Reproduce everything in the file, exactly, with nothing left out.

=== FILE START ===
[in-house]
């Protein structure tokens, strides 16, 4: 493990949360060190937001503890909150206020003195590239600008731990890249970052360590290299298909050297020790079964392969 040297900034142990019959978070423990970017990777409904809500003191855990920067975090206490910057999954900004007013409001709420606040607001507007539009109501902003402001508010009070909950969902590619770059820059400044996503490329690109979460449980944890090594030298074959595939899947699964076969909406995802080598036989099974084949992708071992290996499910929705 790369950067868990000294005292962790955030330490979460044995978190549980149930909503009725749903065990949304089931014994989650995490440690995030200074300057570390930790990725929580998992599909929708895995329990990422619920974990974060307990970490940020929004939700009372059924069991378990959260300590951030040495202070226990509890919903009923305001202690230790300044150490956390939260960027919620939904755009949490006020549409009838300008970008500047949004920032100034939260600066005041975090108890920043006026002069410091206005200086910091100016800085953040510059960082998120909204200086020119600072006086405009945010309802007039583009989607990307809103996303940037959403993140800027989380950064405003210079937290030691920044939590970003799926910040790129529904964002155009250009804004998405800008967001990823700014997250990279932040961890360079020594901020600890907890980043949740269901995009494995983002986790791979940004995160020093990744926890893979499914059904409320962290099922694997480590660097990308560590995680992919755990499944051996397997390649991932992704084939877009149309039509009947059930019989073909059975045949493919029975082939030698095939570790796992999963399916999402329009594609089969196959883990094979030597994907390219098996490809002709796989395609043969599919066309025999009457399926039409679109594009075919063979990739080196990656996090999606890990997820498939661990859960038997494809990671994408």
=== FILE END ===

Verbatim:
[in-house]
């Protein structure tokens, strides 16, 4: 493990949360060190937001503890909150206020003195590239600008731990890249970052360590290299298909050297020790079964392969 040297900034142990019959978070423990970017990777409904809500003191855990920067975090206490910057999954900004007013409001709420606040607001507007539009109501902003402001508010009070909950969902590619770059820059400044996503490329690109979460449980944890090594030298074959595939899947699964076969909406995802080598036989099974084949992708071992290996499910929705 790369950067868990000294005292962790955030330490979460044995978190549980149930909503009725749903065990949304089931014994989650995490440690995030200074300057570390930790990725929580998992599909929708895995329990990422619920974990974060307990970490940020929004939700009372059924069991378990959260300590951030040495202070226990509890919903009923305001202690230790300044150490956390939260960027919620939904755009949490006020549409009838300008970008500047949004920032100034939260600066005041975090108890920043006026002069410091206005200086910091100016800085953040510059960082998120909204200086020119600072006086405009945010309802007039583009989607990307809103996303940037959403993140800027989380950064405003210079937290030691920044939590970003799926910040790129529904964002155009250009804004998405800008967001990823700014997250990279932040961890360079020594901020600890907890980043949740269901995009494995983002986790791979940004995160020093990744926890893979499914059904409320962290099922694997480590660097990308560590995680992919755990499944051996397997390649991932992704084939877009149309039509009947059930019989073909059975045949493919029975082939030698095939570790796992999963399916999402329009594609089969196959883990094979030597994907390219098996490809002709796989395609043969599919066309025999009457399926039409679109594009075919063979990739080196990656996090999606890990997820498939661990859960038997494809990671994408």